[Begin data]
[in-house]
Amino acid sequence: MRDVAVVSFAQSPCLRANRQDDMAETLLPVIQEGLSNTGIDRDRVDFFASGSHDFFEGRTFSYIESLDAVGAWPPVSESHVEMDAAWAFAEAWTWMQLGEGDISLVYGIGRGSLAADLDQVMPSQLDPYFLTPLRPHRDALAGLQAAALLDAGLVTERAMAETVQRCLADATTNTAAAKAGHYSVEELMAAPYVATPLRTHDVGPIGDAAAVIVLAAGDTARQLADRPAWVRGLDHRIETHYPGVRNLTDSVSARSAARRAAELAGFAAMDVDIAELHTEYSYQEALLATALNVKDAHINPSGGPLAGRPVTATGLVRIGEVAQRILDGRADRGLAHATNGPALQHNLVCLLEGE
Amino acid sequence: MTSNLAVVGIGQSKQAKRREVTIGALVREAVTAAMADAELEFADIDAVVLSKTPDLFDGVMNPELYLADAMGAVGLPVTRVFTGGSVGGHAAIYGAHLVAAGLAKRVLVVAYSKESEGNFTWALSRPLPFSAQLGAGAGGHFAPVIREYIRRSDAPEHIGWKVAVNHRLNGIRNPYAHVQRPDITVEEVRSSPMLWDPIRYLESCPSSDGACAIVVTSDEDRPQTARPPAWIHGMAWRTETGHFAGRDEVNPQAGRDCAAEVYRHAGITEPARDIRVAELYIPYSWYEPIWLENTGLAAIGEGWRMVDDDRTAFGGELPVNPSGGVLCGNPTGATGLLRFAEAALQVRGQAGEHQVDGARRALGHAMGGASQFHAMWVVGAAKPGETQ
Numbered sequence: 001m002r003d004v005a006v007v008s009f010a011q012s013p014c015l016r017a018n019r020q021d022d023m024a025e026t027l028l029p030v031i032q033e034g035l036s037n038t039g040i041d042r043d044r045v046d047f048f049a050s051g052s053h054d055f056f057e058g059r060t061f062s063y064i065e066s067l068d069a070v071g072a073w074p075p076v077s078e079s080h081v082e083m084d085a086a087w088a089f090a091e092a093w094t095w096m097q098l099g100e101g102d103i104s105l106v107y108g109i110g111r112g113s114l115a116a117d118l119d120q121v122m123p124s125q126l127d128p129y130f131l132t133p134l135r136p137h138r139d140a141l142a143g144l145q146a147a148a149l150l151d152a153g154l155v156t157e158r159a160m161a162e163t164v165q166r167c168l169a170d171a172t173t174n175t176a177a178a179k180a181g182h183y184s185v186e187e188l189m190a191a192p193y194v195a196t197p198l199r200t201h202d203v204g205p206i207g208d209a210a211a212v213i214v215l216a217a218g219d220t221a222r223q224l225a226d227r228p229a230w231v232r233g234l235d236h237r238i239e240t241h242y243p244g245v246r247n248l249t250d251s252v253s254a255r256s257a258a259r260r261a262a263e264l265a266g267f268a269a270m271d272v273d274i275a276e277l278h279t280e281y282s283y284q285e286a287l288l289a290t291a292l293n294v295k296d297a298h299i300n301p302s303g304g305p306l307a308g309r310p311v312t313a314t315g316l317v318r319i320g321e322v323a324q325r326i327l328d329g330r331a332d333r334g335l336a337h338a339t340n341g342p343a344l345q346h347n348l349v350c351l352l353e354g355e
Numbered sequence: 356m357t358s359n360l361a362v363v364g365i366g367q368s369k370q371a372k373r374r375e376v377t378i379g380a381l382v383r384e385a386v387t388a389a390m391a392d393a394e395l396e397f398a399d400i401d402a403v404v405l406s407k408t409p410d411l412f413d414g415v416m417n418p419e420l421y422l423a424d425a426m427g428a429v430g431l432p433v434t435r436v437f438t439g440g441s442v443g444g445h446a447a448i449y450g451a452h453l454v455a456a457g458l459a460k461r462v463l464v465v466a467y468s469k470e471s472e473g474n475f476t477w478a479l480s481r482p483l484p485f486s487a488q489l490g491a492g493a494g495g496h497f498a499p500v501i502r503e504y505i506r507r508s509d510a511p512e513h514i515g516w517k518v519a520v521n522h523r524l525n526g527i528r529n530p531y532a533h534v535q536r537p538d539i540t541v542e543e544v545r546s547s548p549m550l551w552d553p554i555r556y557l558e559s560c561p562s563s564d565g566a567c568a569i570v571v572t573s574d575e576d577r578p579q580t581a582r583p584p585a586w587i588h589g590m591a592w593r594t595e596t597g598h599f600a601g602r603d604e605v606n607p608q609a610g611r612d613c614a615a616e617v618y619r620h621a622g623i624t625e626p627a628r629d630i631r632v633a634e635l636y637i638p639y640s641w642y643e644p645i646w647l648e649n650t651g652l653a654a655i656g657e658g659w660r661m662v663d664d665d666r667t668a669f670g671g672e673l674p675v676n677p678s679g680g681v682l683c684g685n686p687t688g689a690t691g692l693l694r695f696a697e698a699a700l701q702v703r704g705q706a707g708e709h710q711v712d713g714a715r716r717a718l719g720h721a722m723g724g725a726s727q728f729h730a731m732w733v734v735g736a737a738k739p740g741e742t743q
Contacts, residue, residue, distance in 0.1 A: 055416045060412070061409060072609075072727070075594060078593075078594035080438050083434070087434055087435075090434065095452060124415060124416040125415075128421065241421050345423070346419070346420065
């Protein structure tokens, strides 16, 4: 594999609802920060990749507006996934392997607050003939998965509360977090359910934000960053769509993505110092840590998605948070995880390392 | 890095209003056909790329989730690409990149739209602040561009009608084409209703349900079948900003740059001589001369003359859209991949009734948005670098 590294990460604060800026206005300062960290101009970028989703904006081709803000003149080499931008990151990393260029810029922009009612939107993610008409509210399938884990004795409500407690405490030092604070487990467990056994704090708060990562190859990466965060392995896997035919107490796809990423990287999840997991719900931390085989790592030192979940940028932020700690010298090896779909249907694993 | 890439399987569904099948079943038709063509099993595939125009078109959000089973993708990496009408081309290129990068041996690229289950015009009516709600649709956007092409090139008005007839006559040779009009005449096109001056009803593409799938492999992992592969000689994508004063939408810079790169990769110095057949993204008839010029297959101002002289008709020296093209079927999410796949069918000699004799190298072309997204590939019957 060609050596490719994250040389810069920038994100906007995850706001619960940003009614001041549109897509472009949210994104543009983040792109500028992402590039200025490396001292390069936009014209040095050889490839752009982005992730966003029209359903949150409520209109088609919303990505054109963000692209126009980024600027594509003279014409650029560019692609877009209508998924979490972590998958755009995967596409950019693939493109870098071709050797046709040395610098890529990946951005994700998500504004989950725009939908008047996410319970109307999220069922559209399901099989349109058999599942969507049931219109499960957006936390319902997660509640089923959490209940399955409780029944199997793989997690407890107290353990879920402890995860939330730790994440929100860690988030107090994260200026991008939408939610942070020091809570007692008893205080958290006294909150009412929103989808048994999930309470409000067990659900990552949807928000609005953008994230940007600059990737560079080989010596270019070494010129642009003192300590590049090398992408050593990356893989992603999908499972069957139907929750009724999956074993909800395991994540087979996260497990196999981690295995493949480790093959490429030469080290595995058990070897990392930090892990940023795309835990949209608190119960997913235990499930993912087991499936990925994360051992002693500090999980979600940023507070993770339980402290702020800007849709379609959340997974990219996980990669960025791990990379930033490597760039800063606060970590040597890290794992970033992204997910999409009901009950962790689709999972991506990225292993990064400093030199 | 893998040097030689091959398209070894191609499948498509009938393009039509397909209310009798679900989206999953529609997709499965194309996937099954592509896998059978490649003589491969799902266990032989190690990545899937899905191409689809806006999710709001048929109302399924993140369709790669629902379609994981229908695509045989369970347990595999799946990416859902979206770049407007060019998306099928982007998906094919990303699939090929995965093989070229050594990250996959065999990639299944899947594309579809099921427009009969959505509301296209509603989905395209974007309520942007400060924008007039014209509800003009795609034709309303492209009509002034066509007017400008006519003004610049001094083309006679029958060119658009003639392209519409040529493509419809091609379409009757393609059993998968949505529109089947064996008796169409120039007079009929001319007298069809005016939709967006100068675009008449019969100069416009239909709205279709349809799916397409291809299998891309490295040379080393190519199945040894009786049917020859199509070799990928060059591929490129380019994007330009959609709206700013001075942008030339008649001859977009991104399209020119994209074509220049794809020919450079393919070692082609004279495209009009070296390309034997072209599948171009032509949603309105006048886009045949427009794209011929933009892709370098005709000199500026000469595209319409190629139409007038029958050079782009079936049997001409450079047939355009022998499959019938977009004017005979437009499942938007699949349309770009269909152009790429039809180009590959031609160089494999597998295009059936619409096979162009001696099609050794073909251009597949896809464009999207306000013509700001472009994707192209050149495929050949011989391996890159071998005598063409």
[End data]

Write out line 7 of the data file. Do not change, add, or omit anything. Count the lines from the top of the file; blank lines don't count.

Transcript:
């Protein structure tokens, strides 16, 4: 594999609802920060990749507006996934392997607050003939998965509360977090359910934000960053769509993505110092840590998605948070995880390392 | 890095209003056909790329989730690409990149739209602040561009009608084409209703349900079948900003740059001589001369003359859209991949009734948005670098 590294990460604060800026206005300062960290101009970028989703904006081709803000003149080499931008990151990393260029810029922009009612939107993610008409509210399938884990004795409500407690405490030092604070487990467990056994704090708060990562190859990466965060392995896997035919107490796809990423990287999840997991719900931390085989790592030192979940940028932020700690010298090896779909249907694993 | 890439399987569904099948079943038709063509099993595939125009078109959000089973993708990496009408081309290129990068041996690229289950015009009516709600649709956007092409090139008005007839006559040779009009005449096109001056009803593409799938492999992992592969000689994508004063939408810079790169990769110095057949993204008839010029297959101002002289008709020296093209079927999410796949069918000699004799190298072309997204590939019957 060609050596490719994250040389810069920038994100906007995850706001619960940003009614001041549109897509472009949210994104543009983040792109500028992402590039200025490396001292390069936009014209040095050889490839752009982005992730966003029209359903949150409520209109088609919303990505054109963000692209126009980024600027594509003279014409650029560019692609877009209508998924979490972590998958755009995967596409950019693939493109870098071709050797046709040395610098890529990946951005994700998500504004989950725009939908008047996410319970109307999220069922559209399901099989349109058999599942969507049931219109499960957006936390319902997660509640089923959490209940399955409780029944199997793989997690407890107290353990879920402890995860939330730790994440929100860690988030107090994260200026991008939408939610942070020091809570007692008893205080958290006294909150009412929103989808048994999930309470409000067990659900990552949807928000609005953008994230940007600059990737560079080989010596270019070494010129642009003192300590590049090398992408050593990356893989992603999908499972069957139907929750009724999956074993909800395991994540087979996260497990196999981690295995493949480790093959490429030469080290595995058990070897990392930090892990940023795309835990949209608190119960997913235990499930993912087991499936990925994360051992002693500090999980979600940023507070993770339980402290702020800007849709379609959340997974990219996980990669960025791990990379930033490597760039800063606060970590040597890290794992970033992204997910999409009901009950962790689709999972991506990225292993990064400093030199 | 893998040097030689091959398209070894191609499948498509009938393009039509397909209310009798679900989206999953529609997709499965194309996937099954592509896998059978490649003589491969799902266990032989190690990545899937899905191409689809806006999710709001048929109302399924993140369709790669629902379609994981229908695509045989369970347990595999799946990416859902979206770049407007060019998306099928982007998906094919990303699939090929995965093989070229050594990250996959065999990639299944899947594309579809099921427009009969959505509301296209509603989905395209974007309520942007400060924008007039014209509800003009795609034709309303492209009509002034066509007017400008006519003004610049001094083309006679029958060119658009003639392209519409040529493509419809091609379409009757393609059993998968949505529109089947064996008796169409120039007079009929001319007298069809005016939709967006100068675009008449019969100069416009239909709205279709349809799916397409291809299998891309490295040379080393190519199945040894009786049917020859199509070799990928060059591929490129380019994007330009959609709206700013001075942008030339008649001859977009991104399209020119994209074509220049794809020919450079393919070692082609004279495209009009070296390309034997072209599948171009032509949603309105006048886009045949427009794209011929933009892709370098005709000199500026000469595209319409190629139409007038029958050079782009079936049997001409450079047939355009022998499959019938977009004017005979437009499942938007699949349309770009269909152009790429039809180009590959031609160089494999597998295009059936619409096979162009001696099609050794073909251009597949896809464009999207306000013509700001472009994707192209050149495929050949011989391996890159071998005598063409």